North Hemisphere warming relative to S Hem in NASA UAH satellite data.

Fascinating that the Southern Hemisphere continues this habit of not warming as much as the north.
NH minus SH in MSU data

Does anybody know of comment out there casting light on the reason for this growing divergence in recent months ?

10 comments to North Hemisphere warming relative to S Hem in NASA UAH satellite data.

  • Because it has more water.

  • Douglas Hoyt

    More land use change in the Northern Hemisphere.

  • McCall

    To two figures, the earth’s Land/Ocean ratio = 29/71, with NH’s Land/Ocean ratio = 39/61, and SH’s Land/Ocean ratio = 19/81. It would appear that Dr Hoyt’s explanation has the best chance of being correct. As to the question of whether Mr Ender and Mr Hissink are correct, well (forgive my slight modification of more famous testimony), “that depends on what their definition of it, is.” — “NH,” “SH” or “NASA UAH satellite data?”

  • I should have specified that my graphic is for the UAH lower troposphere data.
    Is this an all time record with Ender and Louis in agreement ?
    Have to say I favour a land based reason for the NH to warm more as it does.
    In this talk by Spencer & Christy on April 17 2006 see p 6, they say warming is more consistent with land use changes, I do not see them talking about oceanic areas causing the overall warming in their data. www.marshall.org/pdf/materials/415.pdf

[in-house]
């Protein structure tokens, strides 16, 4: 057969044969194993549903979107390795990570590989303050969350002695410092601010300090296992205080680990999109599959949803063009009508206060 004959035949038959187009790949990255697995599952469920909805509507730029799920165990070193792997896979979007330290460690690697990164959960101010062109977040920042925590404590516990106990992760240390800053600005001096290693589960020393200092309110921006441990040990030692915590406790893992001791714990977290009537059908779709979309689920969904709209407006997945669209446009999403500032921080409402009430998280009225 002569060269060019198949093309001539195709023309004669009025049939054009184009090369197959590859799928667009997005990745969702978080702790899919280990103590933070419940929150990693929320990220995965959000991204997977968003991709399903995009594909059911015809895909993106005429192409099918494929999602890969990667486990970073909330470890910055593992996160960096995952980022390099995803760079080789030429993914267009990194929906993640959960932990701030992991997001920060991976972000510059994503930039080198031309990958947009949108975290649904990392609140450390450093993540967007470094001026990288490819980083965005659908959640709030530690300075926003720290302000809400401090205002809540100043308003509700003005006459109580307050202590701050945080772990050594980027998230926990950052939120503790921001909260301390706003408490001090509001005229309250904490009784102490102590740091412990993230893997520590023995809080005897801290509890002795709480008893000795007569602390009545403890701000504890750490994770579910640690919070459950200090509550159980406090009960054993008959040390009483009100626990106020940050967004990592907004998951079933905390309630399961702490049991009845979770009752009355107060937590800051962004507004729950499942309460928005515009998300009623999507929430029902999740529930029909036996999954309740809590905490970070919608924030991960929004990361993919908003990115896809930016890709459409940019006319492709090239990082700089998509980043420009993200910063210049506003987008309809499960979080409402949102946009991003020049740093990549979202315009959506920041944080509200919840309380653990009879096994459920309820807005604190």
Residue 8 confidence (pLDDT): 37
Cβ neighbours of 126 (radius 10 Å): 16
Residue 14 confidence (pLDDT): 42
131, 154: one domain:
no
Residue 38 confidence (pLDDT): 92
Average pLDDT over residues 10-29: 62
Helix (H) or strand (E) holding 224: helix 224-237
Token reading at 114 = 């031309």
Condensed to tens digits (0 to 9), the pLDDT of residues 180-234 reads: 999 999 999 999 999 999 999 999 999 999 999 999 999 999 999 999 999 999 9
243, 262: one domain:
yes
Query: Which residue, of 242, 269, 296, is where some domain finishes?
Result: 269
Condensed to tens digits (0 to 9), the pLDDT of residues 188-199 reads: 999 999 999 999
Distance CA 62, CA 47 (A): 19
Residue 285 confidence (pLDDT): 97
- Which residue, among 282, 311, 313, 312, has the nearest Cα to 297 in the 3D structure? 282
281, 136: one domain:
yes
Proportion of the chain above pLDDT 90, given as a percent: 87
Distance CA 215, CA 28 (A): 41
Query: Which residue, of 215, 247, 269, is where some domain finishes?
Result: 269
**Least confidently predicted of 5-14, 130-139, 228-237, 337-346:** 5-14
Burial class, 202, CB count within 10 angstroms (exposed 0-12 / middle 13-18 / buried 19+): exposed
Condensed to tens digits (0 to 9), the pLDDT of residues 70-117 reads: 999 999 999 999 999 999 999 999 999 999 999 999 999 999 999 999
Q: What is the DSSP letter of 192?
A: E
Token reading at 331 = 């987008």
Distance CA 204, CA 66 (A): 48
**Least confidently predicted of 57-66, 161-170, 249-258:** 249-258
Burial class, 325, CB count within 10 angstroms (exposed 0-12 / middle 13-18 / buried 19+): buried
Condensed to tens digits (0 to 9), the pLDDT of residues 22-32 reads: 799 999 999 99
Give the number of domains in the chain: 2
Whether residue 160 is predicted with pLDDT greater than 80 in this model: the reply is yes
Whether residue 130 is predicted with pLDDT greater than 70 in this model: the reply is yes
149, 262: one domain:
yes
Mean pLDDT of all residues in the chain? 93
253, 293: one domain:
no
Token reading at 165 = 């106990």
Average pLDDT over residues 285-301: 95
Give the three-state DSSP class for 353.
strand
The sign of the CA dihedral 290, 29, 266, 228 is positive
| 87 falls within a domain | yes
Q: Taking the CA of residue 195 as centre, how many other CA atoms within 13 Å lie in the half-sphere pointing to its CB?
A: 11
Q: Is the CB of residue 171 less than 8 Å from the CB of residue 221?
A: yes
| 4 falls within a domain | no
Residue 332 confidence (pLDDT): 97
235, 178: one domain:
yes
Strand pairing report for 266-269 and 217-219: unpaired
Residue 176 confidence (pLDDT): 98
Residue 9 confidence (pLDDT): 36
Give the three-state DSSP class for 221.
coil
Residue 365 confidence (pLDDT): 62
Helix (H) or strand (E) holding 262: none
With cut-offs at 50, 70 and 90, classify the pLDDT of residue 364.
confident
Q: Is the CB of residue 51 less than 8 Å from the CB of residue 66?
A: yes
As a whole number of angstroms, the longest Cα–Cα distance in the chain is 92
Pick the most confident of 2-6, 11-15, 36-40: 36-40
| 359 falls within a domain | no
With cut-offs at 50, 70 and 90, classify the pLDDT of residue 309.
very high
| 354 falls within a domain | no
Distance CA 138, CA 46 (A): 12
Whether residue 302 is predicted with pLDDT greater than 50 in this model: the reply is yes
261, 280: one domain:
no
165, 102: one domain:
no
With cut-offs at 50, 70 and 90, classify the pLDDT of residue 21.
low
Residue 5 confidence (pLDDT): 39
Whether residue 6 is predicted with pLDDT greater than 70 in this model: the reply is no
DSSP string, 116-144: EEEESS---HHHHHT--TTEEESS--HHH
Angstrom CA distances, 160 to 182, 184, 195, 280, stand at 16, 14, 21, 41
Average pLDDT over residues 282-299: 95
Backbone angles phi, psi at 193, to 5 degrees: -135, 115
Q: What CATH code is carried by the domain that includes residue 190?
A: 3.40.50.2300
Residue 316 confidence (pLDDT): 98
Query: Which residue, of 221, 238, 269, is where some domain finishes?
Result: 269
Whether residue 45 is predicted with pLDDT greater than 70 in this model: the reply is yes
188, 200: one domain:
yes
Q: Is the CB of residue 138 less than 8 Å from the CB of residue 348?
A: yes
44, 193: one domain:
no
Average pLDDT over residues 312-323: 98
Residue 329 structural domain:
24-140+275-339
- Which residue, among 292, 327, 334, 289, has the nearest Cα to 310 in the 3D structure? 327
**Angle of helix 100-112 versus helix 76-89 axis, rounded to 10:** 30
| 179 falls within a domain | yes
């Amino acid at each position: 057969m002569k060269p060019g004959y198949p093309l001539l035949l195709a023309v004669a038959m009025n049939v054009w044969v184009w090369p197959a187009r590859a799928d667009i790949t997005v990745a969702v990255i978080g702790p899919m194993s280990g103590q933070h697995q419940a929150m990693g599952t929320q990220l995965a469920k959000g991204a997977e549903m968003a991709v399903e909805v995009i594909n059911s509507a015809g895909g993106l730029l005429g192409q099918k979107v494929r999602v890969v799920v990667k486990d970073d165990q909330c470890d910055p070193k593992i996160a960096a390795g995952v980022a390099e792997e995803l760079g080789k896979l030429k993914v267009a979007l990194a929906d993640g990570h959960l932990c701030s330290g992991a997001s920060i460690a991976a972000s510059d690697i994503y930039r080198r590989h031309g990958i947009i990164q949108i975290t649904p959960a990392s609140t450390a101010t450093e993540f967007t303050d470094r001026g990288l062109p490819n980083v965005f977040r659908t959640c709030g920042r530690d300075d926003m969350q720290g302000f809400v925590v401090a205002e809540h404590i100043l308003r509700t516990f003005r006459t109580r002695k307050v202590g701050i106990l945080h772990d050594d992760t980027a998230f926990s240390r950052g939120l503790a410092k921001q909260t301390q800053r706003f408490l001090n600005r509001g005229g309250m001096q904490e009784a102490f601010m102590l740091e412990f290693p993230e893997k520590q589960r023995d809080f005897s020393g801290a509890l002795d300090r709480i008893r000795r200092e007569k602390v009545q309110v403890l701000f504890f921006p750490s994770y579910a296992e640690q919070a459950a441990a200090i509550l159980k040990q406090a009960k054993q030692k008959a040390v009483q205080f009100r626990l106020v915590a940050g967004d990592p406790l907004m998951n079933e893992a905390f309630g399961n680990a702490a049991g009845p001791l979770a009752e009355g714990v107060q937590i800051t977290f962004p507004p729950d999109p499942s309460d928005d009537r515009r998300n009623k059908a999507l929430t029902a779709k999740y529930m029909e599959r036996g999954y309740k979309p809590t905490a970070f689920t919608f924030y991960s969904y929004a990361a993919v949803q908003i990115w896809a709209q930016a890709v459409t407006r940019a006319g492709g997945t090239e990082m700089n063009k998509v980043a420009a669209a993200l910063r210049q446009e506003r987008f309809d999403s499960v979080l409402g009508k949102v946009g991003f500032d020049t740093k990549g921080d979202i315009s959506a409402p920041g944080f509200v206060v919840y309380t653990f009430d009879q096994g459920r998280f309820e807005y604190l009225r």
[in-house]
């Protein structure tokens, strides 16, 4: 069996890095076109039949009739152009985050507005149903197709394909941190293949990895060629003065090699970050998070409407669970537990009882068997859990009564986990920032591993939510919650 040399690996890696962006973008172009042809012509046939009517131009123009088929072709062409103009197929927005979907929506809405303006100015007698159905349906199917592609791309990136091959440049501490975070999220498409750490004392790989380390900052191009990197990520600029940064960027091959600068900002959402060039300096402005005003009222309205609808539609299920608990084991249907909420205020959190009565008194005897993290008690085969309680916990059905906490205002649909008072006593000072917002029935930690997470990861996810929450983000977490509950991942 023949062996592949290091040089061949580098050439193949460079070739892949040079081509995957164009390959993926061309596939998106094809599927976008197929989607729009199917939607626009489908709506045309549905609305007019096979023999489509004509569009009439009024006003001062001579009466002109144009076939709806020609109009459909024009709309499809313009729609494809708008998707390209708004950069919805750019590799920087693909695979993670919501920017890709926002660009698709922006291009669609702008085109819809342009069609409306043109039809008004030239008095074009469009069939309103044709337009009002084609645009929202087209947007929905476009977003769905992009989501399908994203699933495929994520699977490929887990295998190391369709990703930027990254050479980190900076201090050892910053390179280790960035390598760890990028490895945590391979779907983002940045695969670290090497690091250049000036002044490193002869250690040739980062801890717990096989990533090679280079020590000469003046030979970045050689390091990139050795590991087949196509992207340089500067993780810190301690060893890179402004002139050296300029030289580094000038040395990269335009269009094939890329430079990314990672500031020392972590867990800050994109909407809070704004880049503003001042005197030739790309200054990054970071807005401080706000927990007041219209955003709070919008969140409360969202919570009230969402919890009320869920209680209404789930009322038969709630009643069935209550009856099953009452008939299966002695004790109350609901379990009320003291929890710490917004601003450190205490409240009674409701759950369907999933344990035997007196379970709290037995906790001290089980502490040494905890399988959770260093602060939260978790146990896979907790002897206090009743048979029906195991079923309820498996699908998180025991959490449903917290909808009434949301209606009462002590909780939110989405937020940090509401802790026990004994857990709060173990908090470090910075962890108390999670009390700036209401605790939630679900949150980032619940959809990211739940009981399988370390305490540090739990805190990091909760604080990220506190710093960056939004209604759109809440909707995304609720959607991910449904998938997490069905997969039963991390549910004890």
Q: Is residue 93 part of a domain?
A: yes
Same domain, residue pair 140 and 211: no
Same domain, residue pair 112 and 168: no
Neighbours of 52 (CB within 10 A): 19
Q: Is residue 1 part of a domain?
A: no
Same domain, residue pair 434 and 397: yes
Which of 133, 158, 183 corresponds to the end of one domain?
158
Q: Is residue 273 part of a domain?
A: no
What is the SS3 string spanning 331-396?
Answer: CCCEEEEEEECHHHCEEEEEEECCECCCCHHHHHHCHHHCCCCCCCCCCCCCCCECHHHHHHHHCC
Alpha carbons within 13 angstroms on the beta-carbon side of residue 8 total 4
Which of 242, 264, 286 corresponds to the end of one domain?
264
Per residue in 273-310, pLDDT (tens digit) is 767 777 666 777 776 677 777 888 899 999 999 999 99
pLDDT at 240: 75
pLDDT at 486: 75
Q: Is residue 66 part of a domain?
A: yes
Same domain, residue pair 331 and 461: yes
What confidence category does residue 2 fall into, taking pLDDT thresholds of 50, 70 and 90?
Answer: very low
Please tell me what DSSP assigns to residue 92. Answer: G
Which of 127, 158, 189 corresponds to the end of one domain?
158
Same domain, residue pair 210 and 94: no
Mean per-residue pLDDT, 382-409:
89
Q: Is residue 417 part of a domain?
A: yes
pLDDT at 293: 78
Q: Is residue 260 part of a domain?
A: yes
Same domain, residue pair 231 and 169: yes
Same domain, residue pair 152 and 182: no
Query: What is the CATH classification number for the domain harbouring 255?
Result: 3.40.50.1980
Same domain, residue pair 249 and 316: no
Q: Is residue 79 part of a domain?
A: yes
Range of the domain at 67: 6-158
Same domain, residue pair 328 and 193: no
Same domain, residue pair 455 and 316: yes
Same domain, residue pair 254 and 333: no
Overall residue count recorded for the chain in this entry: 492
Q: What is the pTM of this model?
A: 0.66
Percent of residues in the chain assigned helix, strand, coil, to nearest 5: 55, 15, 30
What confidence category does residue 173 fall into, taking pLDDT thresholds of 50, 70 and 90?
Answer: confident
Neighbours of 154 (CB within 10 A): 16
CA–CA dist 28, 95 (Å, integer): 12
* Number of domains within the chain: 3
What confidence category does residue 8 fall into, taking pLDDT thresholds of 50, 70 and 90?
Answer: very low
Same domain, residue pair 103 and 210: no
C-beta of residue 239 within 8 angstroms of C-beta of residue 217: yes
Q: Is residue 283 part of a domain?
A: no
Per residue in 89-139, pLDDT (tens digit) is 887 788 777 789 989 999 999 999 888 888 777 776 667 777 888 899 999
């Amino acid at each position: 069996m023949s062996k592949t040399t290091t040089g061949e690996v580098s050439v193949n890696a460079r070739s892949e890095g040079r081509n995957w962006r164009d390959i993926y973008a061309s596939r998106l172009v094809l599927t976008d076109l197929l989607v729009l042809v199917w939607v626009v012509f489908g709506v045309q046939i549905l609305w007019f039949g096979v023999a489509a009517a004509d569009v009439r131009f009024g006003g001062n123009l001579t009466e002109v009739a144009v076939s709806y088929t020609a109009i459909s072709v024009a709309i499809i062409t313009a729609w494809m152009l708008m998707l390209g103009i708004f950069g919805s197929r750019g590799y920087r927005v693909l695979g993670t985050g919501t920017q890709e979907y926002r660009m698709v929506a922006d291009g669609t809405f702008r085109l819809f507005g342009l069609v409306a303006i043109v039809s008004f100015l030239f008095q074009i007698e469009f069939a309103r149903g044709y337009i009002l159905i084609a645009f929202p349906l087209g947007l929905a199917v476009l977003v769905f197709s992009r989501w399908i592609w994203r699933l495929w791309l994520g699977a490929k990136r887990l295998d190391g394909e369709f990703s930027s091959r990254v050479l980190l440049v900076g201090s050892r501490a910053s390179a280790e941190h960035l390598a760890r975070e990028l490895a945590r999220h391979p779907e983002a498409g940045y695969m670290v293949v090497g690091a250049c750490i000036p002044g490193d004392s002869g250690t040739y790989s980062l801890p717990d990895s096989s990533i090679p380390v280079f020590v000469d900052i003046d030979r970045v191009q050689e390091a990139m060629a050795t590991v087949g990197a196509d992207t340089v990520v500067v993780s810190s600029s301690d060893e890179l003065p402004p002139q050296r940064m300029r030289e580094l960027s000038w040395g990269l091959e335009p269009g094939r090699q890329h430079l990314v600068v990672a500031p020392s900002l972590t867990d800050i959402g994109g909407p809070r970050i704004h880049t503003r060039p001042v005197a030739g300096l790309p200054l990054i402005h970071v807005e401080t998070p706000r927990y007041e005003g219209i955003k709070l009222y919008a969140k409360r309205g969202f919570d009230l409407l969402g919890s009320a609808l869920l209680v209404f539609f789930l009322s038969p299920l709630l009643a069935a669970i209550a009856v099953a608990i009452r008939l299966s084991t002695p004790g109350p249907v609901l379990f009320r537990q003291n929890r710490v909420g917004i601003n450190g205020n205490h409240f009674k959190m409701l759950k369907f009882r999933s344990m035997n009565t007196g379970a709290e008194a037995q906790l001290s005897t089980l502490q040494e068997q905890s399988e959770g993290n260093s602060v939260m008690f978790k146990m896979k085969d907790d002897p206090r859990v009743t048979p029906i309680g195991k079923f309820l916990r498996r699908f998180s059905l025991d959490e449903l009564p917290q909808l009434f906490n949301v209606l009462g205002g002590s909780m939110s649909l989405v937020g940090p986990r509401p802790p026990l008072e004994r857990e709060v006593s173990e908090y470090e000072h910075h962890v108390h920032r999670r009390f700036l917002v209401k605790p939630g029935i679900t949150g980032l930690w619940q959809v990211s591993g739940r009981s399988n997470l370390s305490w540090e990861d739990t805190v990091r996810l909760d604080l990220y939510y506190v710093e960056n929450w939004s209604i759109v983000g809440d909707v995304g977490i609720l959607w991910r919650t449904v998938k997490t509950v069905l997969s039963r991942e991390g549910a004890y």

• Quite simple, the means of the temperatures being debated over are just numbers. not a mean temperature of a definite physical object.

    As for Ender he is right becuase the SH has less land because it has more water and therefore has less land use, and thus Doug Hoyt is correct too.

    Got it ?

  • And one has to just add that it certainly cannot be called global warming either, especially when a large portion of the globe isn’t.

  • McCall

    That explains it.

    As to what it “cannot be called,” that partly explains the blatantly unfalsifiable rename to “global climate change!”

  • Steve Sadlov

    In addition to more land use changes, from a gross areal density perspective, the NH has more average anthropogenic thermal dissipation per square Km / m^3 than the SH does. The sheer numbers of motors, electronics, lighting systems, heating and cooling systems, current carrying conductors, etc in the NH are greater. Integrated over the boundary layer atmopheric volume and surface, more W/Km or W/m^3 = more temp rise. Something I learned both via school (geophysics) and subsequent 25 years of work (electronics).

  • Put another way, assume a very large room, say a typical sports gymnasium and measure its ambient temperature.

    Then put in one human being. Measure temperature.

    Then half fill it with human beings, standing of course. Measure temperature.

    Then fill it to 85% with humans, standing again, and measure the temperature.

    Surprise, surprise, CO2 increases and so does the temperature.

    Why? Because rising CO2 and the temperature simply means an active living system is present.

    Probably why Mars with 95% CO2 in its atmosphere but low temperatures is the result of nothing living on its surface, so heaps of CO2 does not necessarily mean the presence of life, but when it does it means the presence of a vibrant, healthy organism.

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